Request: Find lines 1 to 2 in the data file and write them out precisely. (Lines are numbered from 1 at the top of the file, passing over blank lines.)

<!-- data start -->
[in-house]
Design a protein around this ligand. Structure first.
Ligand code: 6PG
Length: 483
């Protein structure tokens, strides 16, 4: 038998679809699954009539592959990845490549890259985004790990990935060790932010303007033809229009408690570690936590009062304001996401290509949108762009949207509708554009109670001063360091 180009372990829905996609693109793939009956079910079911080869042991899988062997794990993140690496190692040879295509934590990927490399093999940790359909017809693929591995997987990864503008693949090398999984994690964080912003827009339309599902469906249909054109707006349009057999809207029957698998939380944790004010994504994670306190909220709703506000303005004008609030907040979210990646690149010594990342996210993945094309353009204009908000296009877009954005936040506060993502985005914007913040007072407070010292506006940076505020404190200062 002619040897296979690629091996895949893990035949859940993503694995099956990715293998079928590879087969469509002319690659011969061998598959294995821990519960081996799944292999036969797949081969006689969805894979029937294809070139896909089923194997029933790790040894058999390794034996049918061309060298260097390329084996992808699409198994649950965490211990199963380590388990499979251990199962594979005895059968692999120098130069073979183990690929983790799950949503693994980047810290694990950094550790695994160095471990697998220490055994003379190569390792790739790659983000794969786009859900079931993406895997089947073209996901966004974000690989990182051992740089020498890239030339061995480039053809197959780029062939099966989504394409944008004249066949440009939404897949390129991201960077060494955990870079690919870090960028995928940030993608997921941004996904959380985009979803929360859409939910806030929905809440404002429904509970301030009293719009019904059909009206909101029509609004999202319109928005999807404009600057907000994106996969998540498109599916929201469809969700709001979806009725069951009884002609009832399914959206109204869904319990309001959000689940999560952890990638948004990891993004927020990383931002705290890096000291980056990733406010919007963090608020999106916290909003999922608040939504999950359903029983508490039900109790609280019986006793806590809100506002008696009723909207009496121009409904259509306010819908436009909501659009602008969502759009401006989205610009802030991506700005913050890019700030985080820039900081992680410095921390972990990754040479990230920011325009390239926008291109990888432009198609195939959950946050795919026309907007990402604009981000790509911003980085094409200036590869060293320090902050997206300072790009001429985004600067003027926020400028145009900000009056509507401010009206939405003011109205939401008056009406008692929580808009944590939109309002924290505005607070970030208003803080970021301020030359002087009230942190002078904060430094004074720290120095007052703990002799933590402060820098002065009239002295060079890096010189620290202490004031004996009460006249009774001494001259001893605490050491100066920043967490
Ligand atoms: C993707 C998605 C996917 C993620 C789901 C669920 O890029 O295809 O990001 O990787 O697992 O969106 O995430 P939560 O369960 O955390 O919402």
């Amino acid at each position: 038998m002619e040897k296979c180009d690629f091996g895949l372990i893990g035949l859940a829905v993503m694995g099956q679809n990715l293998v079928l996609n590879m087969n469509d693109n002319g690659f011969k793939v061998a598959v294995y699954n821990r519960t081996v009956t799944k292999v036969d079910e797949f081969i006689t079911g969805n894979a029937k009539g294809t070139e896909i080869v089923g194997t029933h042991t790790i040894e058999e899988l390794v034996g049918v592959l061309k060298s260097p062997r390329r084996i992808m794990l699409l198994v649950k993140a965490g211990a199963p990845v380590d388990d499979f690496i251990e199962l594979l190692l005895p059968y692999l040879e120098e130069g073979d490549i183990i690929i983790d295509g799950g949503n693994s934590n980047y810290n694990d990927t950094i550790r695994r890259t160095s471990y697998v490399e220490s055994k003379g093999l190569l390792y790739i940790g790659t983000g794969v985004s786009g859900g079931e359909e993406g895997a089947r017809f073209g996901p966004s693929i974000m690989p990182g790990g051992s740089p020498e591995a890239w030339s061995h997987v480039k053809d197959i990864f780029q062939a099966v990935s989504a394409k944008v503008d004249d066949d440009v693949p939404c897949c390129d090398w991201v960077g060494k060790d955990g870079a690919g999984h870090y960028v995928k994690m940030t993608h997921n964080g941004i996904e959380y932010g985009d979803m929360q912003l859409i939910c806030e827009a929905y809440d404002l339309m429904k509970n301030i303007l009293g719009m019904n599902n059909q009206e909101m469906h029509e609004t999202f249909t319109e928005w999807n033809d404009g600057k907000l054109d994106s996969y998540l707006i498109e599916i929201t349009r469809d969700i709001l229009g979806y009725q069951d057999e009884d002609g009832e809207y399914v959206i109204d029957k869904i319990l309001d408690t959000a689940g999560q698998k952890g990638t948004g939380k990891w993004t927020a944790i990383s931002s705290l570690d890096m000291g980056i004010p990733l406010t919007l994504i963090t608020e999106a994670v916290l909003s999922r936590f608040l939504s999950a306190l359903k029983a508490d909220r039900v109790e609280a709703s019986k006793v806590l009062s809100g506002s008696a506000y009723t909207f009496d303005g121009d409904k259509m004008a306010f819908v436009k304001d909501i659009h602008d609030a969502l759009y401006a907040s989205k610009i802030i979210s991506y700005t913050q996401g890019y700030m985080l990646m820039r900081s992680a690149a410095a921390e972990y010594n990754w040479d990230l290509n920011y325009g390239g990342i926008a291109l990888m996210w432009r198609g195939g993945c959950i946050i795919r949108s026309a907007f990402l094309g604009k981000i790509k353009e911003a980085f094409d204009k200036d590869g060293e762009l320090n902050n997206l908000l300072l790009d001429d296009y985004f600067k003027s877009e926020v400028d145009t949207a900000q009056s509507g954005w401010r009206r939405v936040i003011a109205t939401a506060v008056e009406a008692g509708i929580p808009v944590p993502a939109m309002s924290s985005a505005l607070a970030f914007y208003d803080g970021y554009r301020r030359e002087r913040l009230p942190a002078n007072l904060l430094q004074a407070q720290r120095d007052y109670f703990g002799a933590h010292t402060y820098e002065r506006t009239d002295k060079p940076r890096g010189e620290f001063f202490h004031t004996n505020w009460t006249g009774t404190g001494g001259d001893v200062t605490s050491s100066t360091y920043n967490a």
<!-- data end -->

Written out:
[in-house]
Design a protein around this ligand. Structure first.